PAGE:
The debate as to the meaning of the Taking Clause in the Fifth Amendment of the United States Constitution seems unending. This short, almost cryptic constitutional provision, “nor shall private property be taken for public use, without just compensation,” has over the years given rise to both court challenges and philosophic debate aimed at parsing out the meaning and parameters of this language. As the need for regulatory controls (imposed by every level of government) has increased, the number of challenges and the stridency of the debate has also increased. Moreover, these challenges have increasingly found their way to the United States Supreme Court. Originally, this clause was only applied to a physical taking by government, but this obvious and literal meaning of the clause was at an early date deemed to be a too narrow view of the Taking Clause and is today regarded as revisionist in its approach. Over one hundred years ago the United States Supreme Court recognized that police power regulations may also, if too extreme, give rise to a Fifth Amendment taking, a constructive taking, of the regulated property. This Article focuses on regulatory takings—what we know, what we don't know, and what seems likely (in the nation and in Maine) in this area of taking law. It will draw most heavily on recent United States Supreme Court case law, but other federal and state cases, and both federal and state legislation (some proposed, some enacted) aimed at clarifying the Fifth Amendment's mandate will also be examined. The purpose of the Article is to suggest that the Taking Clause is alive and well, that its meaning is not as obscure as some would suggest. In short, a more accurate understanding and acceptance of current taking law by those who would protect us is more likely (than is the rhetoric of the extremes) to preserve regulatory credibility in judicial forums and continued public acceptance of reasonable regulations. Such understanding and acceptance will not end, but is more likely to blunt, the litigation and legislative strategies of the absolutists.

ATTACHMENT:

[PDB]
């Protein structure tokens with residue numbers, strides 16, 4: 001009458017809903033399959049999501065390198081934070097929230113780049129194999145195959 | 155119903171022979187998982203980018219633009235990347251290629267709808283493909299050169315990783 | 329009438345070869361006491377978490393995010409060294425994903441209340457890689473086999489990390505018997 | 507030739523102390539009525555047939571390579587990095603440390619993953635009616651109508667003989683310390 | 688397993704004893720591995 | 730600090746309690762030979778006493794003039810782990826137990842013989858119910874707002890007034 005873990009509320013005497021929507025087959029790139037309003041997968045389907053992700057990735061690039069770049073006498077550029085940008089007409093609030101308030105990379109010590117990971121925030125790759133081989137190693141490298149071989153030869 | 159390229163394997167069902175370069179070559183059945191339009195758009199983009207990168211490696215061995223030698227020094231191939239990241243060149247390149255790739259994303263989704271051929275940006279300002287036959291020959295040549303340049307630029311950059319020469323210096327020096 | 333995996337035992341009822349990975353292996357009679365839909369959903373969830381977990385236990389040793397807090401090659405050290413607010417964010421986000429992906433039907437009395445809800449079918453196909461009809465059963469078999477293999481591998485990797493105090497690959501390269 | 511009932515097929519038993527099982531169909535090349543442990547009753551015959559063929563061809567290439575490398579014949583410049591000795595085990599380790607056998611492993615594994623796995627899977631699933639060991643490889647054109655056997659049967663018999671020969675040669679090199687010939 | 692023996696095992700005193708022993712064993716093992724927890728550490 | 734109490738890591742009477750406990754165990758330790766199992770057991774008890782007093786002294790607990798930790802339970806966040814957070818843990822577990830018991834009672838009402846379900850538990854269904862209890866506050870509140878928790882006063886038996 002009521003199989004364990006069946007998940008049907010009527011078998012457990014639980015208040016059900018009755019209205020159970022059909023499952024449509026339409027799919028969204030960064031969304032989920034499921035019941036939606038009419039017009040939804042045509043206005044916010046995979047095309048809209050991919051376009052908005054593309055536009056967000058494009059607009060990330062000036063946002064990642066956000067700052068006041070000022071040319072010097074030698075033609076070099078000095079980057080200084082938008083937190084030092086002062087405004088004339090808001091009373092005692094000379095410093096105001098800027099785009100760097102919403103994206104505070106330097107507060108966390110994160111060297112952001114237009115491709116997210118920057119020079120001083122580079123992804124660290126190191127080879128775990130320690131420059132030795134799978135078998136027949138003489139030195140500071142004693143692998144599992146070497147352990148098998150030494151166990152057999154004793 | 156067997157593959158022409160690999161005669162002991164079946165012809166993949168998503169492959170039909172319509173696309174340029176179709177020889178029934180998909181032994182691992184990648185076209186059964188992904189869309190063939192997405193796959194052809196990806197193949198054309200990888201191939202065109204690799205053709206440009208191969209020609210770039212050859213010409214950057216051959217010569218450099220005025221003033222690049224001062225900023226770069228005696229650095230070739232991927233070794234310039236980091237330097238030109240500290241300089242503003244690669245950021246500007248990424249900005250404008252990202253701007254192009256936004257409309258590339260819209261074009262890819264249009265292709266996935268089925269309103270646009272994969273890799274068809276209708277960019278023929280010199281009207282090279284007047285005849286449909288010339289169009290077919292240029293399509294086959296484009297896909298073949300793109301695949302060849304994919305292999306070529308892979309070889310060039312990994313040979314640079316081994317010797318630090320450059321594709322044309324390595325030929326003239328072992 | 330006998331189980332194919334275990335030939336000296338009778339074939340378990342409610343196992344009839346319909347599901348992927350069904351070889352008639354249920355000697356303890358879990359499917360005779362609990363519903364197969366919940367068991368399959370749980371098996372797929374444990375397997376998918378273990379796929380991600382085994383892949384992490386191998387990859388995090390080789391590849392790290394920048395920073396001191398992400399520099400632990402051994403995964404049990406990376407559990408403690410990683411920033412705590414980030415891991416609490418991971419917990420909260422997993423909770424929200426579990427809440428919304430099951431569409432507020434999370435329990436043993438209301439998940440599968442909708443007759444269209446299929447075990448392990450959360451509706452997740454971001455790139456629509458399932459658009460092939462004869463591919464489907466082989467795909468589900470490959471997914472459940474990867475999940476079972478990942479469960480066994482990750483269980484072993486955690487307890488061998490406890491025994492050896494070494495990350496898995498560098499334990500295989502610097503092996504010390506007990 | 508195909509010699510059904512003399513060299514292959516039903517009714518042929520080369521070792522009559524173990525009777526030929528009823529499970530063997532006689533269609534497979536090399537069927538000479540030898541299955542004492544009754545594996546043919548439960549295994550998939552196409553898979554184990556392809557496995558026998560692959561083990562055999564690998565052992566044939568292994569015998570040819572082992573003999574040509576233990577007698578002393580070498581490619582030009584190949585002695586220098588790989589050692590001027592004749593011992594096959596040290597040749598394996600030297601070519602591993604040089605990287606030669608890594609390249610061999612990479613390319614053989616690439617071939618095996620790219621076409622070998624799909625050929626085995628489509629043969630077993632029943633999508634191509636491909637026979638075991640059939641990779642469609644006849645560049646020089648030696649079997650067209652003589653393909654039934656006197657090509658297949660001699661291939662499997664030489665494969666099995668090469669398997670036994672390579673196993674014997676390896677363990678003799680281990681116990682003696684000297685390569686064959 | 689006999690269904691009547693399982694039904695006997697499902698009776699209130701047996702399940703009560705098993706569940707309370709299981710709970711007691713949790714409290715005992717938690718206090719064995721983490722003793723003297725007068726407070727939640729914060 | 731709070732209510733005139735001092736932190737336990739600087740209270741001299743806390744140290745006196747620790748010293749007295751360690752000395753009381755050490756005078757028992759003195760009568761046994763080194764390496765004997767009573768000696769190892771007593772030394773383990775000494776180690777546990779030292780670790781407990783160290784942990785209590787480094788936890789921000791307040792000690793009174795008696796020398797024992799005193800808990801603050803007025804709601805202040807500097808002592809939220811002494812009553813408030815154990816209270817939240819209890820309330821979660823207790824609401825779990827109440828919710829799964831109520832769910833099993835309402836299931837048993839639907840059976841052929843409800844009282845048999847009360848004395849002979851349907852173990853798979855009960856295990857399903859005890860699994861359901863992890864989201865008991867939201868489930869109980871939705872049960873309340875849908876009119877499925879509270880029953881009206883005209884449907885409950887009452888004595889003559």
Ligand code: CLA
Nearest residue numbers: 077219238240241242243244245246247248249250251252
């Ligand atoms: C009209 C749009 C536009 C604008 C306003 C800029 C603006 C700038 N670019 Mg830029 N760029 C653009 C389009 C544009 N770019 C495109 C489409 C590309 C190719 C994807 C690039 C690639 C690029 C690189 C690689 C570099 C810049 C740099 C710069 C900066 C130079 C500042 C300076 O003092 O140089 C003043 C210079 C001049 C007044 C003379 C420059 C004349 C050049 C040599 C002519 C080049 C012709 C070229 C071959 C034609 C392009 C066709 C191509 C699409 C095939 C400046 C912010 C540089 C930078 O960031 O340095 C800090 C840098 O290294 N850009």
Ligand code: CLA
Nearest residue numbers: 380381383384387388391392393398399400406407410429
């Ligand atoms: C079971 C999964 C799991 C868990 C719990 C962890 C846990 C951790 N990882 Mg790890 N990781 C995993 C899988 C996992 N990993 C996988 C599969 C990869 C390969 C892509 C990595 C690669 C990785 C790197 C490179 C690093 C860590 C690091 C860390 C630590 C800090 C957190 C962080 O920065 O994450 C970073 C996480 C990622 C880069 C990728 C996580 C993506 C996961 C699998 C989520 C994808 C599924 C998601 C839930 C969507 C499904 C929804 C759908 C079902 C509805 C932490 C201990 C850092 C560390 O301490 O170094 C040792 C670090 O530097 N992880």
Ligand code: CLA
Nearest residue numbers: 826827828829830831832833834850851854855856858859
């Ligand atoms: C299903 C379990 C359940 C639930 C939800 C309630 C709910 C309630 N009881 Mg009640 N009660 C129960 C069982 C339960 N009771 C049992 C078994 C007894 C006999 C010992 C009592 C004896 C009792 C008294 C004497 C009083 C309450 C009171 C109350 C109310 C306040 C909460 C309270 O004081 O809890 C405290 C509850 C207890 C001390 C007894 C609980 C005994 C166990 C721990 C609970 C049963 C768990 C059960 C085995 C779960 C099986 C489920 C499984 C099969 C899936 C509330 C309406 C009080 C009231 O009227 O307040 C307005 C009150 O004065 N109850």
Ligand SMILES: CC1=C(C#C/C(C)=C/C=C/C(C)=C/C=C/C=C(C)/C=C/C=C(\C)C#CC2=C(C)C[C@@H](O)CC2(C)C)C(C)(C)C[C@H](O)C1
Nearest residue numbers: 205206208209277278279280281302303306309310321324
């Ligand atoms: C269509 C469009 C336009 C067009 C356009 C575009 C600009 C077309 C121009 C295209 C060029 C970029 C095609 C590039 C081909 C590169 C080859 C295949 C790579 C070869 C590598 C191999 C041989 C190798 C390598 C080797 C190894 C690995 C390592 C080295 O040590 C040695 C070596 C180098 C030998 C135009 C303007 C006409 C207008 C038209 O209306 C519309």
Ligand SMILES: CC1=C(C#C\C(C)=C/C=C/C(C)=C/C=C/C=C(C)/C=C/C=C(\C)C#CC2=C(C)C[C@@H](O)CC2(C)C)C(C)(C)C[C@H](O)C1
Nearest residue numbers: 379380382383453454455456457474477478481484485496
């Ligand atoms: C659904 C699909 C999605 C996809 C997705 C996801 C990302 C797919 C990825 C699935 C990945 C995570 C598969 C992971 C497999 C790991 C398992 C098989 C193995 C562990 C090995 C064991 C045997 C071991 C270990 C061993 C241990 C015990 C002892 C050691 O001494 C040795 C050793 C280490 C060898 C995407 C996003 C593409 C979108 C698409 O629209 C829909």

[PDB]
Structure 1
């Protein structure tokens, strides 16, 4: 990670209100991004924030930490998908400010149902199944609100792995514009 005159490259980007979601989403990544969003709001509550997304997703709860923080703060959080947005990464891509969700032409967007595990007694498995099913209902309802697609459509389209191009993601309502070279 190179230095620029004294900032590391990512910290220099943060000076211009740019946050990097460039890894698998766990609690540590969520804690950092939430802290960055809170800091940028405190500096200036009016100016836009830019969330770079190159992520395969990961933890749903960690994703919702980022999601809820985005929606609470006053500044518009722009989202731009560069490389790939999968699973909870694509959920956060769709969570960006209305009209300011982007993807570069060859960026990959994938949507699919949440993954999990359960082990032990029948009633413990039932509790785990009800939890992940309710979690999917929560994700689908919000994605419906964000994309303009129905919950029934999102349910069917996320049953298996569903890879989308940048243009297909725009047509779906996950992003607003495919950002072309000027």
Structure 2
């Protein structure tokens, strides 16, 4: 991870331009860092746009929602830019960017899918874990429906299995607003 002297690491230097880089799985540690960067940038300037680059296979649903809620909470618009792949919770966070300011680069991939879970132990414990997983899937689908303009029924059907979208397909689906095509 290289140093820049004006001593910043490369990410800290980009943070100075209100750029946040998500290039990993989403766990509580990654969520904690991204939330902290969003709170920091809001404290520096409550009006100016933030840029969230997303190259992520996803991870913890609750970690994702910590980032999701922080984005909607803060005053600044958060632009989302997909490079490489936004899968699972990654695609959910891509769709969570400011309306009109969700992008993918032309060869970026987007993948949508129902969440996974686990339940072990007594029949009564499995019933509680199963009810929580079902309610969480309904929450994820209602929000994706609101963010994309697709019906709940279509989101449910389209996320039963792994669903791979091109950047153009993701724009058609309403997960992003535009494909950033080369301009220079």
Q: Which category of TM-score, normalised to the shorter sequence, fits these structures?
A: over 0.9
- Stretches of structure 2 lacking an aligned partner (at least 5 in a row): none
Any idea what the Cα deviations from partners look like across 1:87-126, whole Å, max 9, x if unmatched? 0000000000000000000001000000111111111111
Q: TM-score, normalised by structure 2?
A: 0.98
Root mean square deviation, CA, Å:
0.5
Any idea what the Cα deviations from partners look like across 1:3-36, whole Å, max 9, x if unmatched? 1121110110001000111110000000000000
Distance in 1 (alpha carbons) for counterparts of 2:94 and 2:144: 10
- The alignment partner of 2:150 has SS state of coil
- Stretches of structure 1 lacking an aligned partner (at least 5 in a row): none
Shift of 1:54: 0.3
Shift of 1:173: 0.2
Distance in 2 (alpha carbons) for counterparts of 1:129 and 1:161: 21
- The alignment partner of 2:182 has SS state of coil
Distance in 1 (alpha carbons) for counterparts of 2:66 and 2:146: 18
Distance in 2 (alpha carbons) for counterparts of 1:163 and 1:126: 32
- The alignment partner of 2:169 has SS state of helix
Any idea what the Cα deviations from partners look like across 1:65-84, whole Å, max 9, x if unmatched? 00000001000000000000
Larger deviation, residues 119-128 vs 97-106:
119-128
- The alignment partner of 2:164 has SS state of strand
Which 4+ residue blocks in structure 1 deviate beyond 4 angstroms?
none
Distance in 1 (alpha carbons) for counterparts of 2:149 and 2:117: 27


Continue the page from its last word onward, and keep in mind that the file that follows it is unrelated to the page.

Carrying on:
Orlando E. Delogu,
The Law of Taking Elsewhere and, One Suspects, in Maine,
Me. L. Rev.
Available at: https://digitalcommons.mainelaw.maine.edu/mlr/vol52/iss2/4